Account quality score – This looks at the current and past performance of the account, looking at the click through rate (CTR) in particular. If you’ve performed well in the past then it is assumed you will in the future – it’s like a recommendation.

And the better you continue to do, the greater your score will grow, and better the benefits will be. This can take months to do, but trust us, it’s worth the wait.

Ad quality score – This performance indicator is what it says on the tin – it looks at the quality of your ad.

Top tip: Check the CTR for each advertisement and pause those that aren’t performing. If active they can drag your score down.

Mobile quality score – Last but not least is mobile. With an increasing number of people using their smartphones, rather than a computer, to trawl the web, it is important to analyse an ads performance on these devices.

What else could be affecting my quality score?

You can’t start building your quality score without first learning what factors determine it. We’ve mentioned click through rate and relevance, but have you thought about your landing pages?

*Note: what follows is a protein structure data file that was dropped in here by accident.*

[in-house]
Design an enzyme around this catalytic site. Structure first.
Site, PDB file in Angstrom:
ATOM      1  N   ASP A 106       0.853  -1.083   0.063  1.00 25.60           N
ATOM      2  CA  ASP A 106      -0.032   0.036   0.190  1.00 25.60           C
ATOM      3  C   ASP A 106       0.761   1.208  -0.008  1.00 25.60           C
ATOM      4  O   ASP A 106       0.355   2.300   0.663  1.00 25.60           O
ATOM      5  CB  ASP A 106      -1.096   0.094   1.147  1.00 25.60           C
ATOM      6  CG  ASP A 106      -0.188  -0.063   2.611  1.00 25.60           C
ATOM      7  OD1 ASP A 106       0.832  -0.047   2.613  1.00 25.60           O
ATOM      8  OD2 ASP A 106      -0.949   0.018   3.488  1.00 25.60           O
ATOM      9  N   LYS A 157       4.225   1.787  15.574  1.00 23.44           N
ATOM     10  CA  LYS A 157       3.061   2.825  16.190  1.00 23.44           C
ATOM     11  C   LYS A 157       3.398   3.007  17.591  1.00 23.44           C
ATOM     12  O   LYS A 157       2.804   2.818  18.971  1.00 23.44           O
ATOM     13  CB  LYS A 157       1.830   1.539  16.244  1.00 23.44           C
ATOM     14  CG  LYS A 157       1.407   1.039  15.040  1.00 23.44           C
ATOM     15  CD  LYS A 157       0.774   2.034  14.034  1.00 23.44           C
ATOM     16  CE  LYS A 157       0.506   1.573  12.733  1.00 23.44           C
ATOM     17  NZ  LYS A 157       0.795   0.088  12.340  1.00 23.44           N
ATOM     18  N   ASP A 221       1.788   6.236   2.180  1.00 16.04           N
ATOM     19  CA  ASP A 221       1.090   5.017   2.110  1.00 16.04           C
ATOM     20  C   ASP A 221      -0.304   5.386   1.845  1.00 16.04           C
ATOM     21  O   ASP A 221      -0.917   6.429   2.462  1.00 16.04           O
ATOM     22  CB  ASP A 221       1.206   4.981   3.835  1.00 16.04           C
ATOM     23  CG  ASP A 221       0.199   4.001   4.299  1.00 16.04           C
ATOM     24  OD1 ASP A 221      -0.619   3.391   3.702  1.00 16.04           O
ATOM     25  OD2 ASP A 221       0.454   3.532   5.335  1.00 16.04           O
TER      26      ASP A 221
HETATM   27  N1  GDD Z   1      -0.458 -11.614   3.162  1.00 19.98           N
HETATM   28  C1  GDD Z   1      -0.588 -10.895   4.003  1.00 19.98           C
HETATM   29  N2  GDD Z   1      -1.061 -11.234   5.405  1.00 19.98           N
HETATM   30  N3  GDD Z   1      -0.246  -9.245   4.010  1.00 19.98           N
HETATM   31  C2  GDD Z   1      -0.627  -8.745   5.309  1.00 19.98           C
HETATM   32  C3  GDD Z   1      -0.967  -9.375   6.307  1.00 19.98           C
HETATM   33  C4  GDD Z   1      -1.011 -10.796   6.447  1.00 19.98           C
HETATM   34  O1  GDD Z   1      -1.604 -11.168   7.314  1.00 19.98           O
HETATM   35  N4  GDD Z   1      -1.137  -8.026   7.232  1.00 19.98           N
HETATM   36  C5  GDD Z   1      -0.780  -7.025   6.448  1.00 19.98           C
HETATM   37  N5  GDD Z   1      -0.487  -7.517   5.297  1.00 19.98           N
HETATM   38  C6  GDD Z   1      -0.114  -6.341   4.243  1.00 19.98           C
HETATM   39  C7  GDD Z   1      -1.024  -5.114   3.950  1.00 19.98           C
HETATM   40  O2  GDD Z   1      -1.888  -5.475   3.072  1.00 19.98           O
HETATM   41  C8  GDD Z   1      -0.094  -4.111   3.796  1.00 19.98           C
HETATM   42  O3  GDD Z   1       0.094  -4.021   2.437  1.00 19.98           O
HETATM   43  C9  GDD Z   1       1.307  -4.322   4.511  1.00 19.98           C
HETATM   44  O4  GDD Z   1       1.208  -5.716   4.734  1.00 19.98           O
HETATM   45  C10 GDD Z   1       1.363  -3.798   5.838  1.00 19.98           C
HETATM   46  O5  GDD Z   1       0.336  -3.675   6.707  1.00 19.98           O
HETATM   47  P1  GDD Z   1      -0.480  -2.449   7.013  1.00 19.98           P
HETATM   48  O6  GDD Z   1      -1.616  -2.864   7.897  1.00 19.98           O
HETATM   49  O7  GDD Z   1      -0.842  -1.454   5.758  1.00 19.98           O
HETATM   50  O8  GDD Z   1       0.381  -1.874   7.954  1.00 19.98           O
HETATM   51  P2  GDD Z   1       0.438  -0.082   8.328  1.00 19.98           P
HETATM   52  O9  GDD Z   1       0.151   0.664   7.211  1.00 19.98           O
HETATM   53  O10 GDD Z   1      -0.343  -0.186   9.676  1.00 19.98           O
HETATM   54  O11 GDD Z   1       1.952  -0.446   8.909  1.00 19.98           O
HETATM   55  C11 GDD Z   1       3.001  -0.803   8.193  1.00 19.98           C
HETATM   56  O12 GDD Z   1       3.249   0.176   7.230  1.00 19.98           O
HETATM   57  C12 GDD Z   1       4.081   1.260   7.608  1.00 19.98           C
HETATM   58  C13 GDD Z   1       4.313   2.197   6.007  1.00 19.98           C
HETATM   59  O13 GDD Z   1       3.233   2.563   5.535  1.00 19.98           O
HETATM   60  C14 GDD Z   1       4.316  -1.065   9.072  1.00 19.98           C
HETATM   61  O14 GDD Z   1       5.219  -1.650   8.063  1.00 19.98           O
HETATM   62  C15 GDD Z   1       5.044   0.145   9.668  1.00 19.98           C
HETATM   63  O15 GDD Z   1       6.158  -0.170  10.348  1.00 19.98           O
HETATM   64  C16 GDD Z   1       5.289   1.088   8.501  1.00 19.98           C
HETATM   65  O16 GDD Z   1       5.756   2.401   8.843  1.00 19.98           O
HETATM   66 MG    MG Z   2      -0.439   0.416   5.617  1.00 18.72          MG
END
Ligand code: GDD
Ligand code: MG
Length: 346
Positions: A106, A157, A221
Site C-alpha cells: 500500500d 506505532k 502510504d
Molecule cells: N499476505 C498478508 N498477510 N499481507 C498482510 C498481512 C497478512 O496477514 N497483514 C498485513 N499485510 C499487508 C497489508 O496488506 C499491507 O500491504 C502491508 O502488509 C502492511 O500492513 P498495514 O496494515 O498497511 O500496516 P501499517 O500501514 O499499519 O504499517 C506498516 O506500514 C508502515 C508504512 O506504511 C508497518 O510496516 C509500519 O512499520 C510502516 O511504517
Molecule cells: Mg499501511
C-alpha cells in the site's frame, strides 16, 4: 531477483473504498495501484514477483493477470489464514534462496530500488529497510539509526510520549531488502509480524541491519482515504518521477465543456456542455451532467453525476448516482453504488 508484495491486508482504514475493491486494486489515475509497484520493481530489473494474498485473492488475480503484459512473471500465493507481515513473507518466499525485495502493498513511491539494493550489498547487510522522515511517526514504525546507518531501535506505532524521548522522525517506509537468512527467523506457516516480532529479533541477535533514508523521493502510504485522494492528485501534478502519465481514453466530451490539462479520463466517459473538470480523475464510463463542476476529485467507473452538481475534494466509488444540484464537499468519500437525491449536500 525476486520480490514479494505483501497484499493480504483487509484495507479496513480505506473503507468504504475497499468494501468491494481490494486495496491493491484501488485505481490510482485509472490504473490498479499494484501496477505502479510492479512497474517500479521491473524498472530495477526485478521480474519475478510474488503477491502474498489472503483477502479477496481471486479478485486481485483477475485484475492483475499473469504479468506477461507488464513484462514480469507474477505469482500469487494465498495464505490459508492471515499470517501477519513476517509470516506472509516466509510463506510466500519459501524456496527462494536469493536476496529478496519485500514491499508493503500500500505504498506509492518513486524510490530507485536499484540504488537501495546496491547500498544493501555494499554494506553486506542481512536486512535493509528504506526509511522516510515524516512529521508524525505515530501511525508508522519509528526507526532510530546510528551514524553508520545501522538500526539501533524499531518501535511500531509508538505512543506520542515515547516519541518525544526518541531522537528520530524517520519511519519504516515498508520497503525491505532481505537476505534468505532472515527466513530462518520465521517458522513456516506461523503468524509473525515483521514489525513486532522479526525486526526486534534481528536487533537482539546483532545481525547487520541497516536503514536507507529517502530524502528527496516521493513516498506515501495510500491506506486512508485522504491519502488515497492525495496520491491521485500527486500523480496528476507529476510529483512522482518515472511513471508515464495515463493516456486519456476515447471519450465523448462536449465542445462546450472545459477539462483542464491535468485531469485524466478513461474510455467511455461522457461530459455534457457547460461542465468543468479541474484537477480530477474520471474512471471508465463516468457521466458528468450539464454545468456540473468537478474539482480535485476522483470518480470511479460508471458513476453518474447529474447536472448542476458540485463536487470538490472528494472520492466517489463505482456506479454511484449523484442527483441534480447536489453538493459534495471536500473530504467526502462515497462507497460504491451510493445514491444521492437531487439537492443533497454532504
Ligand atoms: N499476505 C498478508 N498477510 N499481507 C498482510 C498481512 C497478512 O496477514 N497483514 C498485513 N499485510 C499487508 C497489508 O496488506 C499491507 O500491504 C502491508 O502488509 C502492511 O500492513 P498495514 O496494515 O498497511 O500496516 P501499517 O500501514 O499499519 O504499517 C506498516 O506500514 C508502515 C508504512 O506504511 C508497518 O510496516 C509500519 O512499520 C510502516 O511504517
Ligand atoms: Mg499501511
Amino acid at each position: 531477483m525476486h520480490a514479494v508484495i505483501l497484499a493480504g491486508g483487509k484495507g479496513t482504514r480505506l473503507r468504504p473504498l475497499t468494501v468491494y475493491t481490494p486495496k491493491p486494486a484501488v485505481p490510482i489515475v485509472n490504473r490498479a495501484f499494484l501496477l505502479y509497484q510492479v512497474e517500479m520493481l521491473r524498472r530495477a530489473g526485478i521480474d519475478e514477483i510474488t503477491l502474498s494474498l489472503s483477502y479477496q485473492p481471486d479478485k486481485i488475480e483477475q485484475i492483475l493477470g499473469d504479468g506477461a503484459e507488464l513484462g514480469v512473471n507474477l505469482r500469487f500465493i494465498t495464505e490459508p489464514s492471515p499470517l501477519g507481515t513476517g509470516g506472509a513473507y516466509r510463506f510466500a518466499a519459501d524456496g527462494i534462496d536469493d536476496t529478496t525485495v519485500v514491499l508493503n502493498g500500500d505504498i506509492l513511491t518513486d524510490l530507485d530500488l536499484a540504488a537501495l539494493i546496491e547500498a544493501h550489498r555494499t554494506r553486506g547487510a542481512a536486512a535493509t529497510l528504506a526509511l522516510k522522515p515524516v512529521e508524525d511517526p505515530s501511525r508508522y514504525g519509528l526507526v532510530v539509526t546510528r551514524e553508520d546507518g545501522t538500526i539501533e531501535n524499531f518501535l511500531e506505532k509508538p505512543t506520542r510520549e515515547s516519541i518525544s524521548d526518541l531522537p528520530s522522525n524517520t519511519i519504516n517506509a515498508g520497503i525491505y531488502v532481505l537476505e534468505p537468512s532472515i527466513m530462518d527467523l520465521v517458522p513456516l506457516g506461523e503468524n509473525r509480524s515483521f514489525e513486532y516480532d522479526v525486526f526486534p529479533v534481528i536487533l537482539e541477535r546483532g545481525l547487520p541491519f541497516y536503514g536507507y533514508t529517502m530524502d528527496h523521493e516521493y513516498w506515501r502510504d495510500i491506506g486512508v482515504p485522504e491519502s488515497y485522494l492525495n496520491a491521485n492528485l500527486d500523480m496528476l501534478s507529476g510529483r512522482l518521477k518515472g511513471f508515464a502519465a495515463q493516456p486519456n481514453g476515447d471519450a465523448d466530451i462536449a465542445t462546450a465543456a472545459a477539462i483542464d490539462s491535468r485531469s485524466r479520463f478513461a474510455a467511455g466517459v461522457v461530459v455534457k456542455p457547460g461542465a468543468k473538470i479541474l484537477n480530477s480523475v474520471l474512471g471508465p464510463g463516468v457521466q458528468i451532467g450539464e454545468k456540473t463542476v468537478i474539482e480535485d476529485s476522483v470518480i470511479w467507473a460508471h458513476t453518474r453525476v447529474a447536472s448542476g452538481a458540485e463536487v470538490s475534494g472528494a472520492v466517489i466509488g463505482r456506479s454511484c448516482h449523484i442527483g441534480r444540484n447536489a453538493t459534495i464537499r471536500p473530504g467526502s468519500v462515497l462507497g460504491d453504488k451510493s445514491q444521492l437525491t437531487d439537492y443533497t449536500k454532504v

A sites landing pages should be optimised to encourage interaction, and should direct users through the site and the buying journey. You can direct a horse to water, but if the water’s dirty, you can’t make it drink. Even the best ads will have poor results if a site cannot convert the interest.

Keyword relevance and loading time of these landing pages will also affect your score, so make sure to have your site copy well written, optimised and without site errors.

So, how can I improve my score?

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Now you know why a poor quality score is a bad thing, we’re assuming you’ll want to know how to improve it. Well, there are a number of ways of doing this, but here are a few top tips to get you started:

Know your score – Find out what your score is by logging into your Google AdWords account and clicking on the keywords tab. On the right hand toolbar, click ‘customise columns’ and ensure that ‘qual’ is ticked. This will assure that your score appears when you view your account.